Bennett will not file a complaint with the LVPD because he will have to swear what he said was true and doesn’t want to face the risk of perjuring himself or giving ammunition for a civil suit by the officer he slandered.

          • my 2 cents

            BENNETT is the only one you heard because he is the one whining about being detained. Every comment I have read ASSUMES that poor BENNETT was the only one who was detained. Unless you were there and fully aware of all actions please keep your mouth shut and let them investigate what happened. If the LVPD did something wrong then go after them. If not, then please, I beg you, go after BENNETT. As long as it’s free to make all these BS complaints, people like him will continue to make these accusations.

        • LegalBeagle

          The CONDUCT drew the attention, not his pigment. Staring and then running … that’s the issue, not the pigment. What he needs is for the local prosecutors to file whatever is the proper charge for his non-compliance. He was given a lawful and reasonable order to stop based on the reasonable suspicion created by his actions, and failed to comply. People of status who act this way are MORE important to charge than the average lackwit, because it sends a message. (I was and still am often less patient with people who seem to have everything going for them, because they acted as though their fecal material was not malodorous and that thus they should get away with more. Wrong – you have more going for you, then you should as though you do.)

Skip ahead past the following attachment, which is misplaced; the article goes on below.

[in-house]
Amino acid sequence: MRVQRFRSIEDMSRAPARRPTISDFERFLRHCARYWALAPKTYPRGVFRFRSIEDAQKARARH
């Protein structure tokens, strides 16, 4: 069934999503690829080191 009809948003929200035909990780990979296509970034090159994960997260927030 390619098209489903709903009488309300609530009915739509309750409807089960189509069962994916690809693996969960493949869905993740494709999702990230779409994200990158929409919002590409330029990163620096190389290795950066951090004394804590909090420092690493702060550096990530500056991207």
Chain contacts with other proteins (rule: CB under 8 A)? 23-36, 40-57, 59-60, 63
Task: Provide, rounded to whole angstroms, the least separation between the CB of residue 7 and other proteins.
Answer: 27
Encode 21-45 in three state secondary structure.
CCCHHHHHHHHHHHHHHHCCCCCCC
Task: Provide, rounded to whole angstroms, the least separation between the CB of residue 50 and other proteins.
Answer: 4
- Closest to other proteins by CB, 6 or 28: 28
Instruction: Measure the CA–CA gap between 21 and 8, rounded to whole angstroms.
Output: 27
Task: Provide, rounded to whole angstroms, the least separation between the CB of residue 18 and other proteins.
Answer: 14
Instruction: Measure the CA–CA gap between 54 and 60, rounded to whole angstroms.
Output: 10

• bacchys

            I don’t disagree his conduct likely mattered far more than the colour of his skin. I see the police run past black men in the video.
            However, they were yelling at people to get out of the casino. So let’s assume the police account here is accurate: he looked at them and then bolted. So, he hears a loud noise, hears people say it’s a shooter. He takes cover. He sees cops. He looks at cops. Cops yell for people to leave. He obeys. That’s suspicious?

          • LegalBeagle

            The evacuation was over, and he just looked at them and ran as if he was engaged in misconduct. It is enough under the controlling case law, such as Wardlaw, and once directed to stop, he had to. No discretion, no question. The charge appropriate for that needs to be filed.

          • bacchys

            That is not an accurate statement at all. The evacuation was not over. The cop whose body cam has been released can be clearly heard just prior to Bennett running yelling for people to get out and telling other cops to get the people out. He passed people still exiting the casino on his way out after Bennett.

            No video showing anyone telling him to stop has been released yet. Nothing yet released shows he refused to obey an order to stop.